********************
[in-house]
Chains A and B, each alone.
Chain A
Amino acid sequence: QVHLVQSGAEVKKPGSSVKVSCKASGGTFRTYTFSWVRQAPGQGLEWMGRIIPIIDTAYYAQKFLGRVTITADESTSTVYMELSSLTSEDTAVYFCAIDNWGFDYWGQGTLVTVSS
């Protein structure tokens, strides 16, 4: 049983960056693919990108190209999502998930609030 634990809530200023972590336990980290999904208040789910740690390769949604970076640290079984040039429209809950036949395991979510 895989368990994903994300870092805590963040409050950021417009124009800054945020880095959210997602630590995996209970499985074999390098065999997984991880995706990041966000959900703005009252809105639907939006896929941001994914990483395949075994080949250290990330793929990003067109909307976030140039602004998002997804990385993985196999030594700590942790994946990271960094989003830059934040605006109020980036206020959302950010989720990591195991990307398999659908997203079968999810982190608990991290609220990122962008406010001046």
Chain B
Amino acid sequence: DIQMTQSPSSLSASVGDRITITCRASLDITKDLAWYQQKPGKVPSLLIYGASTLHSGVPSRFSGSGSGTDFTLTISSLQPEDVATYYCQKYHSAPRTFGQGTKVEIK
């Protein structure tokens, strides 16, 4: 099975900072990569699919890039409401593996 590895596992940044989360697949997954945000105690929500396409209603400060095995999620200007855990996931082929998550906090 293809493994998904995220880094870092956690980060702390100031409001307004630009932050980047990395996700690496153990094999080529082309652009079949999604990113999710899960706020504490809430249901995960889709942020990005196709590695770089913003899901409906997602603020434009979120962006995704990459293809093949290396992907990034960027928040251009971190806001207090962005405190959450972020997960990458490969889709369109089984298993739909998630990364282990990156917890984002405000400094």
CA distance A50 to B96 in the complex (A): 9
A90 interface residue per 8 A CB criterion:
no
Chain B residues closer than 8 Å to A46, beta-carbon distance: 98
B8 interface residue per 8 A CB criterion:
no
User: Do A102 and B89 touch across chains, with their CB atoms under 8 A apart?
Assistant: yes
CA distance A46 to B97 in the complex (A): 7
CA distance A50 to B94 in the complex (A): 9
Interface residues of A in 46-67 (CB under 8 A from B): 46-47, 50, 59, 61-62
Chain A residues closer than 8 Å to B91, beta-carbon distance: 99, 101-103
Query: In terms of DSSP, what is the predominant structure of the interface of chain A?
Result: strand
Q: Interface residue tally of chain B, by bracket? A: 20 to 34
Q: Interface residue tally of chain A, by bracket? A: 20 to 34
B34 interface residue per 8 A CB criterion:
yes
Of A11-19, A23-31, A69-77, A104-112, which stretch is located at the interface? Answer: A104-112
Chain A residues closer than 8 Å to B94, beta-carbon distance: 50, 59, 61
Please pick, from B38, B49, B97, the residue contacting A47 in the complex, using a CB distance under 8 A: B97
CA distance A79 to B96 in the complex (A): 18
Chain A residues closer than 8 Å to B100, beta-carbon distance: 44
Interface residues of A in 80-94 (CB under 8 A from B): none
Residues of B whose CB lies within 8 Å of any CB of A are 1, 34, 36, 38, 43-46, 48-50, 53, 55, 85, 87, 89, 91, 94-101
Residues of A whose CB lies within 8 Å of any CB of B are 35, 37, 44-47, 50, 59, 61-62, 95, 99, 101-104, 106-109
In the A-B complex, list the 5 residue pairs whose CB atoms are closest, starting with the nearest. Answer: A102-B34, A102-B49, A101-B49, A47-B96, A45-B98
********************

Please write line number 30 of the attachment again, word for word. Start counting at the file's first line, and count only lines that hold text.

CA distance A79 to B96 in the complex (A): 18